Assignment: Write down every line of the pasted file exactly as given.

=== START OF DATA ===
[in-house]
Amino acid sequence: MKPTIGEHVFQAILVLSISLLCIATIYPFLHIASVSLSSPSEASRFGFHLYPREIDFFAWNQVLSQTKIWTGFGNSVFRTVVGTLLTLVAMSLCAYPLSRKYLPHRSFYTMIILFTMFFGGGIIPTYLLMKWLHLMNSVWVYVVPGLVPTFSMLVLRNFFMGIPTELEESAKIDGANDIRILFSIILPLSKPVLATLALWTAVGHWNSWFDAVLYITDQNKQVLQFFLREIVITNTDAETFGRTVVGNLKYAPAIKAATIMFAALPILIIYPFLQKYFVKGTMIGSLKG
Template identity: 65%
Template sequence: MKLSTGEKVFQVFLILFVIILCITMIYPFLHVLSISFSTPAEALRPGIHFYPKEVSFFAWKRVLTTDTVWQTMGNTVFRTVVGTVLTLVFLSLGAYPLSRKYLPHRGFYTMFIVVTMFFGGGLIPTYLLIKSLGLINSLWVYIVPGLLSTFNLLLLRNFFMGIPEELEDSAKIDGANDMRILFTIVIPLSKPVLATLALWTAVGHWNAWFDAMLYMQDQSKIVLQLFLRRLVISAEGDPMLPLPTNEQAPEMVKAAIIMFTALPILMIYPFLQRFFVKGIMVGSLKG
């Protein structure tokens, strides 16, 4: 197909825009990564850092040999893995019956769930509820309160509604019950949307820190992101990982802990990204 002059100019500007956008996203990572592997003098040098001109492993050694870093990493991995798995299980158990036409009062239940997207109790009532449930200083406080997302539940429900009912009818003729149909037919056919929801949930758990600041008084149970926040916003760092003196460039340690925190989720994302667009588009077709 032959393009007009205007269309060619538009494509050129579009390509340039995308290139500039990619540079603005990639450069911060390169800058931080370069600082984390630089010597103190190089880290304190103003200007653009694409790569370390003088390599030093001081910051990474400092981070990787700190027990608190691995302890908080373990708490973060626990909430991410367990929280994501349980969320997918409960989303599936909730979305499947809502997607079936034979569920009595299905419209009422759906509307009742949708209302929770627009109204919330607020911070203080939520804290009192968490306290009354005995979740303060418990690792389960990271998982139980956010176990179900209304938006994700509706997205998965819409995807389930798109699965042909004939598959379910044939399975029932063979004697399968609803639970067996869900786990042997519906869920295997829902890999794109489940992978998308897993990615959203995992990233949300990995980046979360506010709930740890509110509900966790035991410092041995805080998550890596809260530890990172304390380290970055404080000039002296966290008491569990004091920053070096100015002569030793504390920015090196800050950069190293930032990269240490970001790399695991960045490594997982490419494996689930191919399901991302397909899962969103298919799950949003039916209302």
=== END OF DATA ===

[in-house]
Amino acid sequence: MKPTIGEHVFQAILVLSISLLCIATIYPFLHIASVSLSSPSEASRFGFHLYPREIDFFAWNQVLSQTKIWTGFGNSVFRTVVGTLLTLVAMSLCAYPLSRKYLPHRSFYTMIILFTMFFGGGIIPTYLLMKWLHLMNSVWVYVVPGLVPTFSMLVLRNFFMGIPTELEESAKIDGANDIRILFSIILPLSKPVLATLALWTAVGHWNSWFDAVLYITDQNKQVLQFFLREIVITNTDAETFGRTVVGNLKYAPAIKAATIMFAALPILIIYPFLQKYFVKGTMIGSLKG
Template identity: 65%
Template sequence: MKLSTGEKVFQVFLILFVIILCITMIYPFLHVLSISFSTPAEALRPGIHFYPKEVSFFAWKRVLTTDTVWQTMGNTVFRTVVGTVLTLVFLSLGAYPLSRKYLPHRGFYTMFIVVTMFFGGGLIPTYLLIKSLGLINSLWVYIVPGLLSTFNLLLLRNFFMGIPEELEDSAKIDGANDMRILFTIVIPLSKPVLATLALWTAVGHWNAWFDAMLYMQDQSKIVLQLFLRRLVISAEGDPMLPLPTNEQAPEMVKAAIIMFTALPILMIYPFLQRFFVKGIMVGSLKG
């Protein structure tokens, strides 16, 4: 197909825009990564850092040999893995019956769930509820309160509604019950949307820190992101990982802990990204 002059100019500007956008996203990572592997003098040098001109492993050694870093990493991995798995299980158990036409009062239940997207109790009532449930200083406080997302539940429900009912009818003729149909037919056919929801949930758990600041008084149970926040916003760092003196460039340690925190989720994302667009588009077709 032959393009007009205007269309060619538009494509050129579009390509340039995308290139500039990619540079603005990639450069911060390169800058931080370069600082984390630089010597103190190089880290304190103003200007653009694409790569370390003088390599030093001081910051990474400092981070990787700190027990608190691995302890908080373990708490973060626990909430991410367990929280994501349980969320997918409960989303599936909730979305499947809502997607079936034979569920009595299905419209009422759906509307009742949708209302929770627009109204919330607020911070203080939520804290009192968490306290009354005995979740303060418990690792389960990271998982139980956010176990179900209304938006994700509706997205998965819409995807389930798109699965042909004939598959379910044939399975029932063979004697399968609803639970067996869900786990042997519906869920295997829902890999794109489940992978998308897993990615959203995992990233949300990995980046979360506010709930740890509110509900966790035991410092041995805080998550890596809260530890990172304390380290970055404080000039002296966290008491569990004091920053070096100015002569030793504390920015090196800050950069190293930032990269240490970001790399695991960045490594997982490419494996689930191919399901991302397909899962969103298919799950949003039916209302």